Just because we are going to use it in the annotation doesn’t mean that Dialogflow can only understand these given and last names. It will be able to identify a wide range, but this is just to help it along during the annotation process, okay? And also, it’s good for you because if you don’t allow Dialogflow to do this annotation, this entity annotation on its own, and you end up having to select it, and then you add the annotation yourself, what you’ll usually notice is, first of all, it’s a little more error prone, because obviously, if the system already identifies the entity, that’s a much better outcome than you having to tell the system that, hey, this is what this entity is.

[04:25] And the second issue that I’ve seen when you do this is that sometimes people don’t realize that they end up adding multiple parameters into this table, and that’s something that you’ve got to be very careful about.

Okay, so that’s for the provides full name. And in that case, the response is, of course, it’s going to ask for the phone number. It’s going to move on to the next step. And you can say that just this particular flow would have ended at the point, right? So now, let’s go ahead and add this case where they provide last name after first, I think that’s what I called it over here, provides last name after first.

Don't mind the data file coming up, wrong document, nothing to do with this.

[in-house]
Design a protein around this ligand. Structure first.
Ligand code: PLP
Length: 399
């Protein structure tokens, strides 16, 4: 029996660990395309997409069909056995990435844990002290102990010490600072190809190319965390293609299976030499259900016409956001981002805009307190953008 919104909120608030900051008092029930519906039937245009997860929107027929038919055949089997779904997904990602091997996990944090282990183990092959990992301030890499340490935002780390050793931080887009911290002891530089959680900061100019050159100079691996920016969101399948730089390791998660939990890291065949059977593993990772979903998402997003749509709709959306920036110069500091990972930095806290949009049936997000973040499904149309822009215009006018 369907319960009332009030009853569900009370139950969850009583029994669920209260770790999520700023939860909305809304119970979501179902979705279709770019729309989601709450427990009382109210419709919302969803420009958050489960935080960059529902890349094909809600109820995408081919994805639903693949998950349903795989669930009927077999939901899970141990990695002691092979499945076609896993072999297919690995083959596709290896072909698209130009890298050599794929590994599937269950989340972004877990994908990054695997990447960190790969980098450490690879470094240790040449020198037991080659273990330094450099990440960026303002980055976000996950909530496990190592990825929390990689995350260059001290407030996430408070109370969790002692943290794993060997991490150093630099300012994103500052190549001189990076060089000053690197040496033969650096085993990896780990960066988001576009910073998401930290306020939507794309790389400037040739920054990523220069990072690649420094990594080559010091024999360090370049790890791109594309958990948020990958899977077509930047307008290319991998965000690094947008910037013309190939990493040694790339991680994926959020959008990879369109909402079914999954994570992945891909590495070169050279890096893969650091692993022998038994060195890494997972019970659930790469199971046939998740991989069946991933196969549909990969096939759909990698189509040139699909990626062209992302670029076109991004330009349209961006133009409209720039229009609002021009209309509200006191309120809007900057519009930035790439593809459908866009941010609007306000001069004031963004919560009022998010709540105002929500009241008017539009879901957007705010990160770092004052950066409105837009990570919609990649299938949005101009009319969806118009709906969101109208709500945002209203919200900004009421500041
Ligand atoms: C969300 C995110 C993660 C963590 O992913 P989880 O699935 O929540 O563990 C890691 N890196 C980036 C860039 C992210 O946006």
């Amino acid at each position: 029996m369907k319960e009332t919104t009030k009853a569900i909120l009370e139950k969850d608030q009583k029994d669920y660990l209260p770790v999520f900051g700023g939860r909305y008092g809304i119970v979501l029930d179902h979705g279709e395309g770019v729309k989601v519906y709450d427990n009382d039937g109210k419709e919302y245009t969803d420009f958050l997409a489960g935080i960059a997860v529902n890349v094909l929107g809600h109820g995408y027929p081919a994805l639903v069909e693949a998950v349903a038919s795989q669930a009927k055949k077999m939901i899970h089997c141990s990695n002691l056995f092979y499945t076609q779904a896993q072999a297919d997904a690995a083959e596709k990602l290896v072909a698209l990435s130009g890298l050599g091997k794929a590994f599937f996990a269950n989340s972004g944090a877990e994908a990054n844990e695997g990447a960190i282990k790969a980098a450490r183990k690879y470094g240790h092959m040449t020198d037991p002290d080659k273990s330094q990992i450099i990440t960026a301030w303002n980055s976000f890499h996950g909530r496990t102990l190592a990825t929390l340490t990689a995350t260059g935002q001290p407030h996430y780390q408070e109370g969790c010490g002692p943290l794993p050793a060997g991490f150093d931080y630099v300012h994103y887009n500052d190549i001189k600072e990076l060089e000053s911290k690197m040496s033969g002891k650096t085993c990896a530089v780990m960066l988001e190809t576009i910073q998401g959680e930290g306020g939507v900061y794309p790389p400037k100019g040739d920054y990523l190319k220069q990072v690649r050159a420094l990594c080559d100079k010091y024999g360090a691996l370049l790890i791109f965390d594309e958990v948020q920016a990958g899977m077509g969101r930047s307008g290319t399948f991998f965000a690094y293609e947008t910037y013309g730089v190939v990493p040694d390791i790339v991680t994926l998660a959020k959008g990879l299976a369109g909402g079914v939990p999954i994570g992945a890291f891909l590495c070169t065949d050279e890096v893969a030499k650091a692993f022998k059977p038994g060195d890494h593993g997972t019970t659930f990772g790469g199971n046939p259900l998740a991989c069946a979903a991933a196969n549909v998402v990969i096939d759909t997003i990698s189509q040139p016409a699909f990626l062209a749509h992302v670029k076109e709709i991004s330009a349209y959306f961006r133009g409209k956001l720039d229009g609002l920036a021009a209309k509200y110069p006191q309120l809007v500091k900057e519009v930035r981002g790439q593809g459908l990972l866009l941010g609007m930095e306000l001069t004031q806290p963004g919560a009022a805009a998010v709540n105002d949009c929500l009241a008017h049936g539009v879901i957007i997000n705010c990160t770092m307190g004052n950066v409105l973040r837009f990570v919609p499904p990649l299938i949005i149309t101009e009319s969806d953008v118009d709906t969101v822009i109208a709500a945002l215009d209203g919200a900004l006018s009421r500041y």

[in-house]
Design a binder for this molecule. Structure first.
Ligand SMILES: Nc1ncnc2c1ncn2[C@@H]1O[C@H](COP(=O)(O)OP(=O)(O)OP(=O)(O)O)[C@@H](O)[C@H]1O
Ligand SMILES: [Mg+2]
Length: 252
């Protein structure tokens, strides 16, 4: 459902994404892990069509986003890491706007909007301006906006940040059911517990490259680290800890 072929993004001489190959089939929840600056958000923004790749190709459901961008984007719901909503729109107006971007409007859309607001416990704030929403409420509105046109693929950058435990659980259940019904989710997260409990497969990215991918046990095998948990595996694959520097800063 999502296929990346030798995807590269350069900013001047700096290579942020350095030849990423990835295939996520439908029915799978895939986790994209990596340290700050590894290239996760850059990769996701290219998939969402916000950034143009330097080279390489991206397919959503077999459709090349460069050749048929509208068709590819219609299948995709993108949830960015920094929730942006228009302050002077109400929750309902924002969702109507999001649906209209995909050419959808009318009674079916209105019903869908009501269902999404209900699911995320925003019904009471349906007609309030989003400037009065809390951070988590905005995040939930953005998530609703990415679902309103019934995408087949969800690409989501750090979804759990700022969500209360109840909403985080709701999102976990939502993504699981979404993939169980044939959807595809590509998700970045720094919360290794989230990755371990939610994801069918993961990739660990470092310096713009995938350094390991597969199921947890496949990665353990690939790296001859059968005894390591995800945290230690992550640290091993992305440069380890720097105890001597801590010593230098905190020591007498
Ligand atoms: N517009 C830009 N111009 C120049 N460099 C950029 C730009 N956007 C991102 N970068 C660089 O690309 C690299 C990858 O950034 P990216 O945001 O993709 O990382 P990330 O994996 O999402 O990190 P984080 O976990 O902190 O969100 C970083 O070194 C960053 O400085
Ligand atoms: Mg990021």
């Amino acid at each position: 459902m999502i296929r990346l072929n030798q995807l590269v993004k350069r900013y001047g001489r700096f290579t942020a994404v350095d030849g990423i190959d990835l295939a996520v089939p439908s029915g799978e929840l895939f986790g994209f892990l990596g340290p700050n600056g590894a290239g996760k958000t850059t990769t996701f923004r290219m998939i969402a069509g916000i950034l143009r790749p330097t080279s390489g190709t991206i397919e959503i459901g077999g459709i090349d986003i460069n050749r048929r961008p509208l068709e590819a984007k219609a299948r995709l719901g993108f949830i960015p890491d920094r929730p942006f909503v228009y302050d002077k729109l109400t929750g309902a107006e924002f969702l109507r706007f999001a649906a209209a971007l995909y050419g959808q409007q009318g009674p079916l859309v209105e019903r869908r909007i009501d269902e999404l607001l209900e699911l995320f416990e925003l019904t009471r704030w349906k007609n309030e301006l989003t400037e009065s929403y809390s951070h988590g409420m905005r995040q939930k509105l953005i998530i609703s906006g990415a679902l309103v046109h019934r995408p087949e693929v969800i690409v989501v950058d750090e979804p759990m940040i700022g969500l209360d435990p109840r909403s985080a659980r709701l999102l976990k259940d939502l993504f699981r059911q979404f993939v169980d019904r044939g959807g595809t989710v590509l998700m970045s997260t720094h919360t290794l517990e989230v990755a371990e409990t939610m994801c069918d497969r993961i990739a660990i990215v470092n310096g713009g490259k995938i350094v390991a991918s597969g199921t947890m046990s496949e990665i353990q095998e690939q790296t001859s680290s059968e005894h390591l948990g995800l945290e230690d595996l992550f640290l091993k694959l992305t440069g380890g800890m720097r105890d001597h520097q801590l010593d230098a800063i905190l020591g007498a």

[05:14] And in this case, they are going to, it’s going to await their last name, as you might remember. And what should be the output context here? I’m going to let you think about that for a second. So in the meantime, I’m going to say my last name is Gonzalez, well, actually, let’s just keep it with Smith.

Let’s help Dialogflow here. Okay. Now, that’s the last name. And it’s going to say, thank you for providing your last name. What’s the best number to reach you, right? So the stuff which goes here, the output context has to be, if you notice this, it has to be this, whatever is pointing to one, and that’s going to be await underscore phone underscore number, okay?

[06:05] That’s the actual context. So it’s going to be await phone number, all right? And keep the lifespan as one, because that’s the, I would say, the best way to handle this. And the other one is provides first name after last. Let’s make sure that we save this, and then we add a new intent, provides dot first name after last, and say await first name, and here it should be await phone number, as you might imagine, and the lifespan would be one, and here they would say something like my first name, or maybe they just say, let’s say my first name is John, and here it’s going to say, maybe it will say thank you, dollar, your name, what’s the best phone number to reach you?

[07:17]